Sunday, November 8, 2009


With our friends from Denver, we drove about two and a quarter hours to a cabin near Buena Vista we had rented for the weekend. The weather was gorgeous, the scenery was too. From our deck we had wonderful views:

The cabin is on the banks of the Arkansas River, and we had our coffee around the campfire each morning:

We had daily visitors, as many as three doe at a time:

And this big fellow:

We hated to leave, but I managed to cajole everyone into returning via Leadville, my favorite town. It's the highest city in the United States, sitting at over 10,000 ft. on a "Fourteener" (a mountain with elevation of at least 14,000 feet). The history of Leadville is like something made up for a novel -- gold mines, silver mines, lead mines and all the stories of mining rushes. It was a very rich place (all that gold and silver sloshing around), and also pretty rough and tumble. It had grand hotels, an opera house (an opera has been written about the doings there, The Ballad of Baby Doe, by Douglas Moore), and everyone who was anyone came to Leadville: President Grant, Charles Dickens, Oscar Wilde and many more. Remember the "unsinkable Molly Brown"? She came to Leadville from Missouri as a young woman to take care of her bachelor miner brothers, met Johnny Brown and married him. They lived in Leadville, where he made lots of money. One day Johnny came home from the mine with $100,000.00 in cash and told Molly to put it in a safe place. She put it in the firebox of the cold cook stove. Next morning, she absentmindedly lit the fire and burned it up. Johnny kissed her goodbye and went off to make another bundle.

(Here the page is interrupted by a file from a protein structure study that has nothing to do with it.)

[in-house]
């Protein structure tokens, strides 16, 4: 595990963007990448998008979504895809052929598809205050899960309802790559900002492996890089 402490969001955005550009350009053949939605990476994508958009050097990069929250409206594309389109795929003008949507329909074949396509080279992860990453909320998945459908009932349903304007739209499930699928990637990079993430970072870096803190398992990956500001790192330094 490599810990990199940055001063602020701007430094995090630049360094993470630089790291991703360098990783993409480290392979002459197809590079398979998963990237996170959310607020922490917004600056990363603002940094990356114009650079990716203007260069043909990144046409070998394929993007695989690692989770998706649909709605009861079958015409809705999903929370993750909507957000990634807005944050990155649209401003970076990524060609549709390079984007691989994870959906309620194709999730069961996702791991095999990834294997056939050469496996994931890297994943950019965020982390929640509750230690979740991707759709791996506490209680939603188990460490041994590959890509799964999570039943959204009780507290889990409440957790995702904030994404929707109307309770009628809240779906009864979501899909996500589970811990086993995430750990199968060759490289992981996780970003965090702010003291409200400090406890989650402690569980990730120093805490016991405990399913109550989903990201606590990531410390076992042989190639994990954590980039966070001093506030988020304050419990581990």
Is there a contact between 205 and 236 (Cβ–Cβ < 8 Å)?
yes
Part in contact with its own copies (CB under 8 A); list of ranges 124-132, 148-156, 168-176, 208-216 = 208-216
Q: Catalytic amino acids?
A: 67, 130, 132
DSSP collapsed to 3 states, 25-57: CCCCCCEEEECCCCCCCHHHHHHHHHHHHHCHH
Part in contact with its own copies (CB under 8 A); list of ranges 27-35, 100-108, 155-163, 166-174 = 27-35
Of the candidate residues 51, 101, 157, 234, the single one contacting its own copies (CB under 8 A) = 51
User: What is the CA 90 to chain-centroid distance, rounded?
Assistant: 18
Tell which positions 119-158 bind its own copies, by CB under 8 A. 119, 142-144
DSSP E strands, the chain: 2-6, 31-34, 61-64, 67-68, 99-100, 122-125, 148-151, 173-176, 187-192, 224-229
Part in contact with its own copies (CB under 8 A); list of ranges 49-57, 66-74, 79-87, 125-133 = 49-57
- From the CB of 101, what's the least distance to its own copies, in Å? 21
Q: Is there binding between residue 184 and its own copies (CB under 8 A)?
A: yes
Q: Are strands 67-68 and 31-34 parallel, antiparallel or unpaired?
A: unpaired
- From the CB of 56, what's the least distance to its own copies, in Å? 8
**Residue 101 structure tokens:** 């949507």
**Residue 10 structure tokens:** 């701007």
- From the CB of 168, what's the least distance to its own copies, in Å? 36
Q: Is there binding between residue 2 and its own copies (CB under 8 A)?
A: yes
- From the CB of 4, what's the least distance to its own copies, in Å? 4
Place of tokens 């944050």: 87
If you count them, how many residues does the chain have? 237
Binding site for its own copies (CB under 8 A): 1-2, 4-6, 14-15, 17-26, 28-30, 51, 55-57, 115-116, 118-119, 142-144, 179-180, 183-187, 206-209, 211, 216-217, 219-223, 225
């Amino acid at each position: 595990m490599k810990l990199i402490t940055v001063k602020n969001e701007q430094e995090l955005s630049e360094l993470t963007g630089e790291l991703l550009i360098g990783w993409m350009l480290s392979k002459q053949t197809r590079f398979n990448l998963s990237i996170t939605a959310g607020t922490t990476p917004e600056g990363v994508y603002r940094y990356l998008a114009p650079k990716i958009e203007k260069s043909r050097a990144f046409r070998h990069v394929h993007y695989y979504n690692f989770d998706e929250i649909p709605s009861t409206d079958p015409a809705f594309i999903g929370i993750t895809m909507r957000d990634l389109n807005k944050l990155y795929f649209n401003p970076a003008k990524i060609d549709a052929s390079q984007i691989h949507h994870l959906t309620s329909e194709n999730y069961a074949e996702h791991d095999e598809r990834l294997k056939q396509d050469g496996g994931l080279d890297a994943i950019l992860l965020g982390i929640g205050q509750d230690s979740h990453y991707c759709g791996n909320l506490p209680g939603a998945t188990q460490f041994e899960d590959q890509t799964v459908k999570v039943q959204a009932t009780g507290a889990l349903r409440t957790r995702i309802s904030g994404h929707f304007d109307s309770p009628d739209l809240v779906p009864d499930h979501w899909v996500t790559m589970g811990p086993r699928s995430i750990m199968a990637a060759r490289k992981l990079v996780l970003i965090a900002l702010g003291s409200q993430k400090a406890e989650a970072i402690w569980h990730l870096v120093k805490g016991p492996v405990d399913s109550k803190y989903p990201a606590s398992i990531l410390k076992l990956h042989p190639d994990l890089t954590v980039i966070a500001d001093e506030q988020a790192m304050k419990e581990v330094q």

You couldn't make up the stories of things that really happened in Leadville. It's on the cusp of being taken over by the zillionaires who want second homes (or third ones) in beautiful locations, which is a shame. I'm glad I've had a number of chances to visit it before its history gets buried by a Starbucks on every corner. Speaking of which, we had lunch at a little cafe, and when I went to the ladies' room, I saw a photo which captured my heart -- a beautiful wolf. I dragged my friend in, then both our husbands; they all were as captivated by the photo as I was. I was able to get the website address for the wolf sanctuary ( which sells the photos and have one sent to me. It's being framed now, and will hang over my desk. These are God's creatures just as we are, and they are being hunted down by people in airplanes, chased until they are exhausted, then shot. It's heartbreaking, and it has to be breaking God's heart too. Surely there is room for all God's creatures in this world. We are the ones who have invaded their habitat, and then we decide they have no right to exist there.

all God's creatures
the beauty of Creation
good times with good friends

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